G-Poppers … December 16th, 2016

 Jonathots Daily Blog

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G-Pop sat quietly, listening intently as his grandson related a story about one of the young students at the school.

The little fellow had turned into quite a “preacher,” sharing his feelings about the best way to handle things and get along. He told G-Pop’s grandson that “you have to be a little mean to get what you want.”

The grandson was obviously bewildered by the comment, considering how contrary it was to the thoughts of his family–but impressed enough that G-Pop felt the need to input.

So after the grandson finished his tale, G-Pop shared.

“It comes down to a pair of words: toy and two. Actually, it comes down to what each of those letters represent. See, your young friend thinks the most important thing in life is to get what you want. But what if you don’t know what you want? Or what if you’re wrong? We don’t want to live in a world where the meanest and strongest control everything. So there has to be a better way.

So take the word toy. T-O-Y. It stands for ‘Tough On Yourself.’ And T-W-O represents ‘Tender With Others.’

By what you say, this young man believes that he should be tough on other people and tender with himself. It might sound good, but you see, if everybody did that, there would always have to be a big batch of losers for there to be a whole bunch of winners.

So what happens if the losers are upset? What if they want to get even? What if you’re in the middle of a ‘win’ and suddenly you’re attacked? Or what happens if you’re afraid?

Your job is to be tough on yourself. Not unforgiving. Not mean to your own feelings. Just putting more of a challenge on yourself than other people, because you are the only person you can affect.

And then be tender with others. Surprise them. Forgive them. Cut them slack. Be prepared to have a little extra in case they need it. Because you have to decide if you want to win once or twice, or if you want to live with a winning spirit.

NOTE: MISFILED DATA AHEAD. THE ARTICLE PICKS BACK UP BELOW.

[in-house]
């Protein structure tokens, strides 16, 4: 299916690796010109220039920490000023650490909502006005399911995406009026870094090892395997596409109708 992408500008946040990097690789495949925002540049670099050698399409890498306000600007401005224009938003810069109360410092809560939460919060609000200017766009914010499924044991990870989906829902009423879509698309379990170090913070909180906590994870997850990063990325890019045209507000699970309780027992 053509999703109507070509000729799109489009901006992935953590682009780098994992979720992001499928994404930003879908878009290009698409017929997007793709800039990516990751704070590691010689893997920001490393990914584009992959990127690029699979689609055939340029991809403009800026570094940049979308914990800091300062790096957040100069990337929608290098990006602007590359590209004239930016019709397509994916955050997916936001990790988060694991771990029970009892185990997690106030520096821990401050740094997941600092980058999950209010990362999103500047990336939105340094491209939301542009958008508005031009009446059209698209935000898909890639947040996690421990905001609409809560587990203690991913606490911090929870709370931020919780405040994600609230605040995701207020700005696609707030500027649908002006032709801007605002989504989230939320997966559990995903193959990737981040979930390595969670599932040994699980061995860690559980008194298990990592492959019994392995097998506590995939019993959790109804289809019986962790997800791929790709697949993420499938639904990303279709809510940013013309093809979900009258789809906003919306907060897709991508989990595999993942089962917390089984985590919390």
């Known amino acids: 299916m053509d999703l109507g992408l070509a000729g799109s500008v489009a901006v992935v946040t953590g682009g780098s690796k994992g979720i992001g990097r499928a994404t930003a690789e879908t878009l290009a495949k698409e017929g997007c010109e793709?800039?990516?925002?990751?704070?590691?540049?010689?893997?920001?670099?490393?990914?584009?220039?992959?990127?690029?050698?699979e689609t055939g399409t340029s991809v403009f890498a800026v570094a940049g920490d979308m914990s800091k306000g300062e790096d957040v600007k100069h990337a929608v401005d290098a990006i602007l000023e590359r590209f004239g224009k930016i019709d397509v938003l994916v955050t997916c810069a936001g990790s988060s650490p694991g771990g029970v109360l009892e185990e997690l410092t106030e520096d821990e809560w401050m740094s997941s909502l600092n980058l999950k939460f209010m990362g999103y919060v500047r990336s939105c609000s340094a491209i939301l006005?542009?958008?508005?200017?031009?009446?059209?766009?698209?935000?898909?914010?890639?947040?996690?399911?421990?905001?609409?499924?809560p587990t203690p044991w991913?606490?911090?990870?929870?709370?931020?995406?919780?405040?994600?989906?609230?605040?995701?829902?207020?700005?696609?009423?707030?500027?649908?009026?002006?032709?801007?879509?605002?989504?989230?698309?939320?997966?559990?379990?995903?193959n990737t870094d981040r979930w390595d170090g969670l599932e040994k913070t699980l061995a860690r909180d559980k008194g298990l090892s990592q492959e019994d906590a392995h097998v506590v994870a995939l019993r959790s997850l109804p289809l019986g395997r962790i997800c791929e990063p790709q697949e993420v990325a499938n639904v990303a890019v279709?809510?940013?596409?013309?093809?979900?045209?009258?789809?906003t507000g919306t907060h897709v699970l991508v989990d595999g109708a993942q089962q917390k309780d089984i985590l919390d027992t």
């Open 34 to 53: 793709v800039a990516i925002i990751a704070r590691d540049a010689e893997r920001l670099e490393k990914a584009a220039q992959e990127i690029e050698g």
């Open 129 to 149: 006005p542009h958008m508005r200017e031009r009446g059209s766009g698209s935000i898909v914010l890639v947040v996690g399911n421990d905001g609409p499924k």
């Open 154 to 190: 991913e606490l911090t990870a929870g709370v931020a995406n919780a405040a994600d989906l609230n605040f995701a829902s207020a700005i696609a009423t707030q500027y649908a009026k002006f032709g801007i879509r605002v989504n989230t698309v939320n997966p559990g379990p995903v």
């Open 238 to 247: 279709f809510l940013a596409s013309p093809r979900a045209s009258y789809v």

You can conquer people, but you can’t make them like it. But if you conquer your own fears while showing mercy to others for theirs, you will always be loved and valuable.

Stay tough on yourself. Be tender with others. Without this, you’re just waiting for the next fight.”

The grandson looked at G-Pop and nodded his head. It wasn’t clear whether he understood everything.

But it appeared he understood enough.

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Ask Jonathots … May 5th, 2016

 Jonathots Daily Blog

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What causes some siblings to grow up to be friends and others not? I’m forty and I’m not close to my sister at all. I have two teenage daughters, and I’m wondering what I could do to help them grow up to be friends. Your thoughts?

Perhaps one of the more egregious errors in our culture is the notion that the nuclear family is meant to remain intact.

It causes more stress, misgivings, grudges, insecurity, mishap and even murder than any other predicament facing our species.

If I were a coal miner in West Virginia, was unfortunately involved in a cave-in and spent nine days under the earth with eight other people, we would become very close. Matter of fact, we would share dreams, aspirations, prayers and any food and water available to sustain one another.

Yet to think that after I left that cave of impending death I should continue those relationships with my fellow-prisoners outside the mishap would be ridiculous, forced and disappointing.

For a season we share common goals and aspirations with our family. That experience can range from survival to ecstasy.